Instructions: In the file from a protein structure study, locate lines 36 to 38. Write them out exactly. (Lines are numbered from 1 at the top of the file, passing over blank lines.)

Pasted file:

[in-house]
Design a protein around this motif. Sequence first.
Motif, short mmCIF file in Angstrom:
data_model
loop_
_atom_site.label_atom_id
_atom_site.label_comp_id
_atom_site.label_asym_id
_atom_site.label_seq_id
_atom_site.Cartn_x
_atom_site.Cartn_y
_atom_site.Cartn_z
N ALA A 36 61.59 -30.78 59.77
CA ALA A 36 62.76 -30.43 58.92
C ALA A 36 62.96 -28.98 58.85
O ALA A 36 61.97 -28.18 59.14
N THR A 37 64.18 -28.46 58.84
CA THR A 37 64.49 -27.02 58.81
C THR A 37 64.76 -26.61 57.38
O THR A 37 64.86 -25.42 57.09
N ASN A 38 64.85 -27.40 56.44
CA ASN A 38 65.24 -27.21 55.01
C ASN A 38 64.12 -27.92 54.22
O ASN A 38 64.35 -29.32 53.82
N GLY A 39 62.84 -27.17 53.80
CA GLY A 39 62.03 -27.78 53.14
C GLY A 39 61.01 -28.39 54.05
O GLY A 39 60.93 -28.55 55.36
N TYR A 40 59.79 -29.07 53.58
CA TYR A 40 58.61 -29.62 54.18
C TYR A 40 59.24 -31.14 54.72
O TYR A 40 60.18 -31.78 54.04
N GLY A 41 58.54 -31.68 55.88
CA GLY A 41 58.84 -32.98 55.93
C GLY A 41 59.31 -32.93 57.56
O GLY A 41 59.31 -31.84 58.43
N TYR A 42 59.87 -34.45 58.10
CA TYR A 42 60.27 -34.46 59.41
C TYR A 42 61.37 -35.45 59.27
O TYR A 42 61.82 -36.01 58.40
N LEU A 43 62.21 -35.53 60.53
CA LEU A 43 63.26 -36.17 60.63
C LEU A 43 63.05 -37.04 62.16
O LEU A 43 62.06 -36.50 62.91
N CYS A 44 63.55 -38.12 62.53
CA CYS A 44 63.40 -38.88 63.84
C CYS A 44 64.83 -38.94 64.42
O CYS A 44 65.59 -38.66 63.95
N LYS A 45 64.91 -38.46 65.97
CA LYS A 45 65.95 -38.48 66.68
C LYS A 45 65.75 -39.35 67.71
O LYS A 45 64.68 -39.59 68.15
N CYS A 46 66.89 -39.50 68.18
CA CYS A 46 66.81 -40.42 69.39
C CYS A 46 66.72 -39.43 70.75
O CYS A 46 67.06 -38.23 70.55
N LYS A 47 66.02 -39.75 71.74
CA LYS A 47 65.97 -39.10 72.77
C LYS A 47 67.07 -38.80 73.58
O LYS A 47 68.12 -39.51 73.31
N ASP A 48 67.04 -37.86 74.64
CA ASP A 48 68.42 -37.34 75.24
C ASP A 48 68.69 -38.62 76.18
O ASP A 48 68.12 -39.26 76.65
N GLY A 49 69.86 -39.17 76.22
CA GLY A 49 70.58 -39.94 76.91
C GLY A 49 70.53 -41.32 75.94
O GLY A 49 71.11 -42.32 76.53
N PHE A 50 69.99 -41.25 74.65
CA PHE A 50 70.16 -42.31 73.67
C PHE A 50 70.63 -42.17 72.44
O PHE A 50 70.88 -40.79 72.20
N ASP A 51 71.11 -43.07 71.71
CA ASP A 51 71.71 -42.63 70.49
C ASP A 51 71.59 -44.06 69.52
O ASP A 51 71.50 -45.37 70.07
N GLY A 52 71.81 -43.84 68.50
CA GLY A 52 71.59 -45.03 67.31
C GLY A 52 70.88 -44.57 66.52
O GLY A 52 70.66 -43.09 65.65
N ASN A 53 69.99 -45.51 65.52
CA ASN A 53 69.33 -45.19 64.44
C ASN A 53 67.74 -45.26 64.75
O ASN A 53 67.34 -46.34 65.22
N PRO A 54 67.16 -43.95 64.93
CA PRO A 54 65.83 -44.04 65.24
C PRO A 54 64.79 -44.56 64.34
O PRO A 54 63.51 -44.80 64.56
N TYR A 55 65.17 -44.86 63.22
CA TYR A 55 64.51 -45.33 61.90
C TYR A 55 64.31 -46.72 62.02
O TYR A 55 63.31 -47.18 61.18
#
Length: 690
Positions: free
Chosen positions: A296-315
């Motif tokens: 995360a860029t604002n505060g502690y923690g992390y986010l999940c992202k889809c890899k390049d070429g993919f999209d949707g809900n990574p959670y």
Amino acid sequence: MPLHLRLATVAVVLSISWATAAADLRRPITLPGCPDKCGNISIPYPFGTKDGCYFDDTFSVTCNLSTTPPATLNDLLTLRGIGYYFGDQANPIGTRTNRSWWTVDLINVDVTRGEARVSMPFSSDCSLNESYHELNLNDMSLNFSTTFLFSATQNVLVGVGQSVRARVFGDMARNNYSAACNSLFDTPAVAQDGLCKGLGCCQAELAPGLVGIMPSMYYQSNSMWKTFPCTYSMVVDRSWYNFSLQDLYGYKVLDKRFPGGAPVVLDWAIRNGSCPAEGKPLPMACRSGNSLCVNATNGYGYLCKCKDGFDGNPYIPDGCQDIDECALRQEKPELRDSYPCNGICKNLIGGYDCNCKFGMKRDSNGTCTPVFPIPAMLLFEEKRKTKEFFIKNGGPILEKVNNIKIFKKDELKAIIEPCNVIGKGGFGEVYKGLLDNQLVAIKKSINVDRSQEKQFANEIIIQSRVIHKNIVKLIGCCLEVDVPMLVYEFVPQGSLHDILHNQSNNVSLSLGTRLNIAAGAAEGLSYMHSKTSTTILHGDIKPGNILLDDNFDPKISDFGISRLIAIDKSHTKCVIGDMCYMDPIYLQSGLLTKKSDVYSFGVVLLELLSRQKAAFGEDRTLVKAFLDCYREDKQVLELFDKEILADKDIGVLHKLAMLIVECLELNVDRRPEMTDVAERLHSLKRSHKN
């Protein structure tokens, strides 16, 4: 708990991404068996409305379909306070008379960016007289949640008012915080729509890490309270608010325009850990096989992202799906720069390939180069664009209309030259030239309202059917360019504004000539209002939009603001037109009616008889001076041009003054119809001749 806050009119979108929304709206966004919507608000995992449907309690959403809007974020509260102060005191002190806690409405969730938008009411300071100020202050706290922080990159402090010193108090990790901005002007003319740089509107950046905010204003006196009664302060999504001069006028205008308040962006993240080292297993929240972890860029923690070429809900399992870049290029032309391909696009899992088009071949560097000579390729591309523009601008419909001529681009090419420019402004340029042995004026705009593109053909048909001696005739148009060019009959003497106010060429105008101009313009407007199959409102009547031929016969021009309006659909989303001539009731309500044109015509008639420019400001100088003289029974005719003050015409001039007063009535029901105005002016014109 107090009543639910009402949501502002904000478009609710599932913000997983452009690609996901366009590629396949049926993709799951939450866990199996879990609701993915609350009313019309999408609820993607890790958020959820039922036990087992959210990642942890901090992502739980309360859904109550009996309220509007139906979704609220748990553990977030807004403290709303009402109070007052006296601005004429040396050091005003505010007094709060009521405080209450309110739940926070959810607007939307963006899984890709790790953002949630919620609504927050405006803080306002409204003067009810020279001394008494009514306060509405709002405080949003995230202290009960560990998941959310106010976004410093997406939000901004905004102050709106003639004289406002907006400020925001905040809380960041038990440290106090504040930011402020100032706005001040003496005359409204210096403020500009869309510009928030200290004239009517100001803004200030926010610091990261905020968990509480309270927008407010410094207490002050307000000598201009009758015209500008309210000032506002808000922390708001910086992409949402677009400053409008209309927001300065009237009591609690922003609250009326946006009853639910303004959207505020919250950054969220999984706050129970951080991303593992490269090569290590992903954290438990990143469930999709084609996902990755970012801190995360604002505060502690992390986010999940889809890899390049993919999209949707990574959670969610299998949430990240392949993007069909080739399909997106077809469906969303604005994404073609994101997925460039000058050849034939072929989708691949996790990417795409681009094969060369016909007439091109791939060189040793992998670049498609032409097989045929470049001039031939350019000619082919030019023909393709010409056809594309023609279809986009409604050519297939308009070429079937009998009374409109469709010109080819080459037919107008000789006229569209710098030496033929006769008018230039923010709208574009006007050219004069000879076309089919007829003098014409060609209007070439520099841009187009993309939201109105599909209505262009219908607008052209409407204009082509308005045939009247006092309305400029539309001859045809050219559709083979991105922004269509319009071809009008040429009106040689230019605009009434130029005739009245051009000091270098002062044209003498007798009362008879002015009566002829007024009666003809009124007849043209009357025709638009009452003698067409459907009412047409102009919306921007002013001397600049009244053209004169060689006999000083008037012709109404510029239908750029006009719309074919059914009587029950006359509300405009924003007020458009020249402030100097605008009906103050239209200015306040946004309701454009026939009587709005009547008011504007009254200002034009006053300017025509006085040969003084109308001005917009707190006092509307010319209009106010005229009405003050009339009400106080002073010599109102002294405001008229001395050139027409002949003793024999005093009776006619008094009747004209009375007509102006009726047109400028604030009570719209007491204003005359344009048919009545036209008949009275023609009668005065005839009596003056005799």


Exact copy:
O GLY A 41 59.31 -31.84 58.43
N TYR A 42 59.87 -34.45 58.10
CA TYR A 42 60.27 -34.46 59.41